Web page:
A Reformation & Revival Journal Interview with Frank Farrell -- By: Anonymous
RAR 11:4 (Fall 2002) p. 145
A Reformation & Revival Journal
Interview with Frank Farrell
For this quarter’s interview, our editor-in-chief, John Armstrong, visited with Dr. Frank Farrell, professor of church history at Reformed Theological Seminary in Orlando, Florida. Dr. Farrell might not be well known to most of our readers but his life includes some very instructive lessons for all leaders, as the interview demonstrates.
R R J—Tell us a little bit about your own background. How did you come to faith in Christ? And tell our readers about your family and about God’s call on your life.
F F—I can’t specify a distinct time in which I came to faith but I do remember during the depression that I was in a church where all I got in Sunday School were airplane stories. This was the early days of flight and the teacher had a friend tell us stories about the experience of flying. There was absolutely nothing about the gospel in this class. Eventually my family moved back to where I was born—Portland, Oregon. We attended a well-known Baptist Church where a Sunday School teacher got very specific about making a clear profession of faith. I was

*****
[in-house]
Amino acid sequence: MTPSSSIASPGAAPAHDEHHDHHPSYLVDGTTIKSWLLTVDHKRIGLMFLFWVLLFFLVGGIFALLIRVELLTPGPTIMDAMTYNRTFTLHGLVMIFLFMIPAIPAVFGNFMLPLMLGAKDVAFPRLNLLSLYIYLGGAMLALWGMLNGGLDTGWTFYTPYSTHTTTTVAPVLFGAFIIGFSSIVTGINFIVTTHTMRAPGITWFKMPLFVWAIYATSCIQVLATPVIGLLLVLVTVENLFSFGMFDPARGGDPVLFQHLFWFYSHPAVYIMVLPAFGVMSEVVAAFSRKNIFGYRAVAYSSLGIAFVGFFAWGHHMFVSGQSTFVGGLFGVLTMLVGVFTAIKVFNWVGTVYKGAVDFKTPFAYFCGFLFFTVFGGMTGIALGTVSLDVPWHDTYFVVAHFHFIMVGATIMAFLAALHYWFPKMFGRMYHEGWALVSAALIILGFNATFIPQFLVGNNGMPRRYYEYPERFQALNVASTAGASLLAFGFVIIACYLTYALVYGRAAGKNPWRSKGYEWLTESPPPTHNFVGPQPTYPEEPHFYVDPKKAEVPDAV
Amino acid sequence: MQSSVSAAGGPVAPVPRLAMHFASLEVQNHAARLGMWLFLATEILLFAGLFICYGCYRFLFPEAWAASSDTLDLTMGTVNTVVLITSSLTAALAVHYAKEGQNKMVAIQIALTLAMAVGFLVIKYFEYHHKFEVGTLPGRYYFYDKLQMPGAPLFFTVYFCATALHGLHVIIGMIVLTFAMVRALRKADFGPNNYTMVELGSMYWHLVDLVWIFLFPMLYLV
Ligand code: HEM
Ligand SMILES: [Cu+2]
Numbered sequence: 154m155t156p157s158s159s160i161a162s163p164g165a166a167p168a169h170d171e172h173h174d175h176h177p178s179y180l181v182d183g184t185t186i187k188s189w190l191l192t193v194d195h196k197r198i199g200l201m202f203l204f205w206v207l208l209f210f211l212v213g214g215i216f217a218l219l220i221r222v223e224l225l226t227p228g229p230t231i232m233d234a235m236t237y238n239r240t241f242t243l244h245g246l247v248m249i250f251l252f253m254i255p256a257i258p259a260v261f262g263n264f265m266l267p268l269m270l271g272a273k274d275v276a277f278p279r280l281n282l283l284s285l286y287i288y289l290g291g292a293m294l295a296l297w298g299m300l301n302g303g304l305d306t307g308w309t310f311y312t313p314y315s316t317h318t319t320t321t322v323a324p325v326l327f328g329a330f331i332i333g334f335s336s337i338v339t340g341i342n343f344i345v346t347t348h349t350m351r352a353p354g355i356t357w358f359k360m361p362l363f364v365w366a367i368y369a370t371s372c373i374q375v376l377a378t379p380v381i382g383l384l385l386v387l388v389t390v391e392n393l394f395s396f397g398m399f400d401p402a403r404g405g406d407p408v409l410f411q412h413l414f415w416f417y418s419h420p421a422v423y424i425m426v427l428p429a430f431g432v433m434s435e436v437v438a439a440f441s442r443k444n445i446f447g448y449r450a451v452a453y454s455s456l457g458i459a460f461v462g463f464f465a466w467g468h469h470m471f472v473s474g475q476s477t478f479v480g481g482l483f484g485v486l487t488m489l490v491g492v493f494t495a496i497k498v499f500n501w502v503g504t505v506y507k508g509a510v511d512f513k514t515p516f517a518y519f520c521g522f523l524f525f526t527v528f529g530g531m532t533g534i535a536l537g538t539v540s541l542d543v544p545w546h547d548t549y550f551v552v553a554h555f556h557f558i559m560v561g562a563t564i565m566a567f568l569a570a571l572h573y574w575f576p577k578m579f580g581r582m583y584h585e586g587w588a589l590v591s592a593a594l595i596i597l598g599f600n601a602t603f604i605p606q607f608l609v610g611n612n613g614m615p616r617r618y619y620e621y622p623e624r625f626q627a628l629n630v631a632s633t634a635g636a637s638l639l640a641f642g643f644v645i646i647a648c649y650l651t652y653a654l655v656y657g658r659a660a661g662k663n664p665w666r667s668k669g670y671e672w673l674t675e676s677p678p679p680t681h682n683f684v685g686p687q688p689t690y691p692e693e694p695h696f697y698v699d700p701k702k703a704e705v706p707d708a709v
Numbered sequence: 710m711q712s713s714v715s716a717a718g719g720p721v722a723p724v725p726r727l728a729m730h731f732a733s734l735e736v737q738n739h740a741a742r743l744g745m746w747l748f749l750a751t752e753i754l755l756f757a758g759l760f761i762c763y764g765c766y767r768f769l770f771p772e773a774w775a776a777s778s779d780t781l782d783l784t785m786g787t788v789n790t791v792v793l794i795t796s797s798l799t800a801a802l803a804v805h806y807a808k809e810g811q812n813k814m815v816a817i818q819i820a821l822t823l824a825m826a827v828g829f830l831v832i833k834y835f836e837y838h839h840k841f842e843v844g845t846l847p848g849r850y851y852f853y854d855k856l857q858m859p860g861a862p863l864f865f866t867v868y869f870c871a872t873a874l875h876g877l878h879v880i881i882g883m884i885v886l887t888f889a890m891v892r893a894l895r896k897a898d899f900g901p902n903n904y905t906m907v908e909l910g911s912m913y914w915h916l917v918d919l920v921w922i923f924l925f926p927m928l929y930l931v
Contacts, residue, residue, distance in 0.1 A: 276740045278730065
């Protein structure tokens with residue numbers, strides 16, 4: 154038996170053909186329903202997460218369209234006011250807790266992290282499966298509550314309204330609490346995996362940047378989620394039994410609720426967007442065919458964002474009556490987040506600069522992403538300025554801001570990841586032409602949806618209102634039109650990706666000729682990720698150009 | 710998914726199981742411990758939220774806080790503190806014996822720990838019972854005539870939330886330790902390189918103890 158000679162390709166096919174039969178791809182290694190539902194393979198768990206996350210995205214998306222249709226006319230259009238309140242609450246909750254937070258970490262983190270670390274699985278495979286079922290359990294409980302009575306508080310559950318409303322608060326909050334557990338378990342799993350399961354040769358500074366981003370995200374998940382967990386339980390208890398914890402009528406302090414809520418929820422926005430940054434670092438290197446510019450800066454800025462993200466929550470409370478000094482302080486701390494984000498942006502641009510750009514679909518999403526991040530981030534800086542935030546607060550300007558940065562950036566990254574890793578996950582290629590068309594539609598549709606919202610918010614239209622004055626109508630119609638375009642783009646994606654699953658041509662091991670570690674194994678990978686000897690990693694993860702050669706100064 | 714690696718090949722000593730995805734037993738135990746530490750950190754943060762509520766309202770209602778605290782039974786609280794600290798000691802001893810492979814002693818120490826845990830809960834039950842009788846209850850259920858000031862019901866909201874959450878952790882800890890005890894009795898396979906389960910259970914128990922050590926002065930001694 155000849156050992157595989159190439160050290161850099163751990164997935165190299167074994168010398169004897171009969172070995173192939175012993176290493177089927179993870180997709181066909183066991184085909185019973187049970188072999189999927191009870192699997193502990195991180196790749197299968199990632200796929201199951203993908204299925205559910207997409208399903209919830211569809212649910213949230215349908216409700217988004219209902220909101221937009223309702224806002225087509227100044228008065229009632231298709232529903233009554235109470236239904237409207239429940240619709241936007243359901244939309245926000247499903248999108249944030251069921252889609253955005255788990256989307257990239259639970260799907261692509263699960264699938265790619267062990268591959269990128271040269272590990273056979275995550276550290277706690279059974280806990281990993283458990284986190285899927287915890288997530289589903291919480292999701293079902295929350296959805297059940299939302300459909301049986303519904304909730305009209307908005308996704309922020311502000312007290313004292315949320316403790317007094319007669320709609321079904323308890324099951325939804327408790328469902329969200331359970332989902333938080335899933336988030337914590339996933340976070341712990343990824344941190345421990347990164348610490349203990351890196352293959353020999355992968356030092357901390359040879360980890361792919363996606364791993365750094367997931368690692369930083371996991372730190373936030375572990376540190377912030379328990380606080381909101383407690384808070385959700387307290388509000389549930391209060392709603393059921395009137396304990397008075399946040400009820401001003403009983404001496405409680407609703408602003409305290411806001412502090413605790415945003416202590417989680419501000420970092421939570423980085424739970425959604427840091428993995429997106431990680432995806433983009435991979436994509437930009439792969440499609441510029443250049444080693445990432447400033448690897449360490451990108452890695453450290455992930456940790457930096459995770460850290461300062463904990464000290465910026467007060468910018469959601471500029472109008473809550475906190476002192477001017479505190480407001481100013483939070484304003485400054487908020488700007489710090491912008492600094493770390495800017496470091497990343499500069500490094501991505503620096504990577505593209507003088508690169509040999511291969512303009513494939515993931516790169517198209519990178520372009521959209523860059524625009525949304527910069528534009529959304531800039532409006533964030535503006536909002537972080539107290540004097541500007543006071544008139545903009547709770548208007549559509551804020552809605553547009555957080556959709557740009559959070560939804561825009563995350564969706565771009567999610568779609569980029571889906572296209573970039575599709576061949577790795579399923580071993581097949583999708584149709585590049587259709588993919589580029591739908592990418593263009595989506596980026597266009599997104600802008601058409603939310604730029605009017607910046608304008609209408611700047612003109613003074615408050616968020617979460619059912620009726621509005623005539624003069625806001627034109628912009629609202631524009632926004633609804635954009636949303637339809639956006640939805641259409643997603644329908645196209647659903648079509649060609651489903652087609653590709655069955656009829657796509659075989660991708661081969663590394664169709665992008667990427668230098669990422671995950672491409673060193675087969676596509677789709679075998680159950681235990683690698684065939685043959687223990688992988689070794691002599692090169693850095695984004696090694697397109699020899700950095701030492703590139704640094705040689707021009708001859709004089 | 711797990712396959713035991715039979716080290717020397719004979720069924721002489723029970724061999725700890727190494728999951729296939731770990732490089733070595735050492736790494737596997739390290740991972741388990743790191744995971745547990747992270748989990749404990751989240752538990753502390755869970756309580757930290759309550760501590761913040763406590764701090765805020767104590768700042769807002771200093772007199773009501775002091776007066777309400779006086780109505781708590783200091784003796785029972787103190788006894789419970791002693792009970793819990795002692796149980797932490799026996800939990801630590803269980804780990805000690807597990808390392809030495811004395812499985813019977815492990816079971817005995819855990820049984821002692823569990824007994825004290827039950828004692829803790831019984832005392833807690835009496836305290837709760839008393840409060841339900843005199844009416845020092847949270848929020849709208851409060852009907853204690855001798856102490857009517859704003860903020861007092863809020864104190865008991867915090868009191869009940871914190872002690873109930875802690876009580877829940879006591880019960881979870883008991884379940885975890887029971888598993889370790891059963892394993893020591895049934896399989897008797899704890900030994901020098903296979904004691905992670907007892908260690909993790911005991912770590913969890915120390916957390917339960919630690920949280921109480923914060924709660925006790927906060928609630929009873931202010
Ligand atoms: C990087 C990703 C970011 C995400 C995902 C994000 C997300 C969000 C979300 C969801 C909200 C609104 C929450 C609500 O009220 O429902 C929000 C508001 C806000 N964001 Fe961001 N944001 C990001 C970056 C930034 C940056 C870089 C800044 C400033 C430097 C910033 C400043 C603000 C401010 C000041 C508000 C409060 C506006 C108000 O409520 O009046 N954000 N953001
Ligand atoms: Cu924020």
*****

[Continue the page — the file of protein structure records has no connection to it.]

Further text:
RAR 11:4 (Fall 2002) p. 146
about twelve years old at that time. I was baptized in that church the next year and the pastor’s son became my best pal. In time I was struck by the fact that between grammar school and high school we lost nearly all of a rather large Sunday School class. We had an evening youth group that was solid and later the pastor’s son suggested that we go to college together. Until then I had not contemplated further academic work. My friend and I went to Wheaton College where I was led to embrace the Reformed faith. We had a several shades of theology at Wheaton then. I majored in history and minored in philosophy. It was my history teacher, Gregg Singer, who promoted Calvinism strongly.
R R J—Was Gordon Clark still at Wheaton in those days?
F F—No, he had left a few years before. But Cornelius Jaarsma, a philosopher who had come to Wheaton from Calvin College, was a professor of mine. He and Singer were the two that persuaded me of the Reformed faith.
R R J—Was Earle Cairns, who later served as the chairman of the history department and was a personal advisor and mentor to me in the 1960s, there yet?
F F—Yes, Earle Cairns was there. As you may know he was a Presbyterian and he also exercised a good influence on me. As a history major, I had Cairns and Singer. With my philosophy minor I had several classes with Jaarsma. When it came time to look for further education my choice was Fuller Seminary in Pasadena, California. It had just opened the...
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